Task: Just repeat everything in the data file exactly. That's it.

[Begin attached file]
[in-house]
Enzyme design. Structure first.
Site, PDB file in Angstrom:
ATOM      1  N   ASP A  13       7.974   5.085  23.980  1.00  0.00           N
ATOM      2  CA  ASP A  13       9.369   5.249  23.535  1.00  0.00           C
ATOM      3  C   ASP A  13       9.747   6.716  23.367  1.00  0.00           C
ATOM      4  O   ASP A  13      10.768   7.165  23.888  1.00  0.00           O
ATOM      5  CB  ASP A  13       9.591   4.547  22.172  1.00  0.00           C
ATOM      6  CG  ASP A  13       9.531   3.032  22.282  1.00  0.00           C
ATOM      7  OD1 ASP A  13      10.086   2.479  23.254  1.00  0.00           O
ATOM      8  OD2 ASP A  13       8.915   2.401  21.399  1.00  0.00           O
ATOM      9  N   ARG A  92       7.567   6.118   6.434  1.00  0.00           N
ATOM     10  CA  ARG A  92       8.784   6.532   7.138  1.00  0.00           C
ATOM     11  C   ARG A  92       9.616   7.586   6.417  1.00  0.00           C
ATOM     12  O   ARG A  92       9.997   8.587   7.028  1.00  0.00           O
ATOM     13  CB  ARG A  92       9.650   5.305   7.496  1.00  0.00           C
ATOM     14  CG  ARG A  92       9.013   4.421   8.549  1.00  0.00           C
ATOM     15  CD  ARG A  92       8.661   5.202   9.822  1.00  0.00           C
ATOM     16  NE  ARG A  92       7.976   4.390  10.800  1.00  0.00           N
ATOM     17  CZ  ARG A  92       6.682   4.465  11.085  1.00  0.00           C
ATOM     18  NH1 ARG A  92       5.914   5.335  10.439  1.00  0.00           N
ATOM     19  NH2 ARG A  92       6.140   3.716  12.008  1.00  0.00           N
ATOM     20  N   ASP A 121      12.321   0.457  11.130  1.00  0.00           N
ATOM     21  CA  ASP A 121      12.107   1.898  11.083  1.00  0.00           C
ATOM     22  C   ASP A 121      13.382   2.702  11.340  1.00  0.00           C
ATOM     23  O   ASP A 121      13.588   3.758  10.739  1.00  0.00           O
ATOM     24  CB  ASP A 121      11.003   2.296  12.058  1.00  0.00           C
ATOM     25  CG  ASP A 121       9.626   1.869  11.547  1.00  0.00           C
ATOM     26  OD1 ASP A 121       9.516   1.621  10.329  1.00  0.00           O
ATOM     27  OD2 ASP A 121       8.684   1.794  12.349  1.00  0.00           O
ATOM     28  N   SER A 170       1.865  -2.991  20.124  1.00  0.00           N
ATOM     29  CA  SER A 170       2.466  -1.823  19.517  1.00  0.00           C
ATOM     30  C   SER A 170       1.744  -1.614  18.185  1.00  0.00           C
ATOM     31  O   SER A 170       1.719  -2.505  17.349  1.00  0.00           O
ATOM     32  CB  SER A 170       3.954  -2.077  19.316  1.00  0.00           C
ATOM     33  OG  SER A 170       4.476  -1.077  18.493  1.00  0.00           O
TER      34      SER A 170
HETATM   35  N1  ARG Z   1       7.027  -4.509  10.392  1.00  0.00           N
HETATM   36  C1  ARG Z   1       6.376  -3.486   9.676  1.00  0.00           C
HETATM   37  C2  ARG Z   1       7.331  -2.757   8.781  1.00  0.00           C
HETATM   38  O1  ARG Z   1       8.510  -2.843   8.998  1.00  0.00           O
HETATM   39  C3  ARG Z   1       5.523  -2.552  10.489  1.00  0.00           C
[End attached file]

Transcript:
[in-house]
Enzyme design. Structure first.
Site, PDB file in Angstrom:
ATOM      1  N   ASP A  13       7.974   5.085  23.980  1.00  0.00           N
ATOM      2  CA  ASP A  13       9.369   5.249  23.535  1.00  0.00           C
ATOM      3  C   ASP A  13       9.747   6.716  23.367  1.00  0.00           C
ATOM      4  O   ASP A  13      10.768   7.165  23.888  1.00  0.00           O
ATOM      5  CB  ASP A  13       9.591   4.547  22.172  1.00  0.00           C
ATOM      6  CG  ASP A  13       9.531   3.032  22.282  1.00  0.00           C
ATOM      7  OD1 ASP A  13      10.086   2.479  23.254  1.00  0.00           O
ATOM      8  OD2 ASP A  13       8.915   2.401  21.399  1.00  0.00           O
ATOM      9  N   ARG A  92       7.567   6.118   6.434  1.00  0.00           N
ATOM     10  CA  ARG A  92       8.784   6.532   7.138  1.00  0.00           C
ATOM     11  C   ARG A  92       9.616   7.586   6.417  1.00  0.00           C
ATOM     12  O   ARG A  92       9.997   8.587   7.028  1.00  0.00           O
ATOM     13  CB  ARG A  92       9.650   5.305   7.496  1.00  0.00           C
ATOM     14  CG  ARG A  92       9.013   4.421   8.549  1.00  0.00           C
ATOM     15  CD  ARG A  92       8.661   5.202   9.822  1.00  0.00           C
ATOM     16  NE  ARG A  92       7.976   4.390  10.800  1.00  0.00           N
ATOM     17  CZ  ARG A  92       6.682   4.465  11.085  1.00  0.00           C
ATOM     18  NH1 ARG A  92       5.914   5.335  10.439  1.00  0.00           N
ATOM     19  NH2 ARG A  92       6.140   3.716  12.008  1.00  0.00           N
ATOM     20  N   ASP A 121      12.321   0.457  11.130  1.00  0.00           N
ATOM     21  CA  ASP A 121      12.107   1.898  11.083  1.00  0.00           C
ATOM     22  C   ASP A 121      13.382   2.702  11.340  1.00  0.00           C
ATOM     23  O   ASP A 121      13.588   3.758  10.739  1.00  0.00           O
ATOM     24  CB  ASP A 121      11.003   2.296  12.058  1.00  0.00           C
ATOM     25  CG  ASP A 121       9.626   1.869  11.547  1.00  0.00           C
ATOM     26  OD1 ASP A 121       9.516   1.621  10.329  1.00  0.00           O
ATOM     27  OD2 ASP A 121       8.684   1.794  12.349  1.00  0.00           O
ATOM     28  N   SER A 170       1.865  -2.991  20.124  1.00  0.00           N
ATOM     29  CA  SER A 170       2.466  -1.823  19.517  1.00  0.00           C
ATOM     30  C   SER A 170       1.744  -1.614  18.185  1.00  0.00           C
ATOM     31  O   SER A 170       1.719  -2.505  17.349  1.00  0.00           O
ATOM     32  CB  SER A 170       3.954  -2.077  19.316  1.00  0.00           C
ATOM     33  OG  SER A 170       4.476  -1.077  18.493  1.00  0.00           O
TER      34      SER A 170
HETATM   35  N1  ARG Z   1       7.027  -4.509  10.392  1.00  0.00           N
HETATM   36  C1  ARG Z   1       6.376  -3.486   9.676  1.00  0.00           C
HETATM   37  C2  ARG Z   1       7.331  -2.757   8.781  1.00  0.00           C
HETATM   38  O1  ARG Z   1       8.510  -2.843   8.998  1.00  0.00           O
HETATM   39  C3  ARG Z   1       5.523  -2.552  10.489  1.00  0.00           C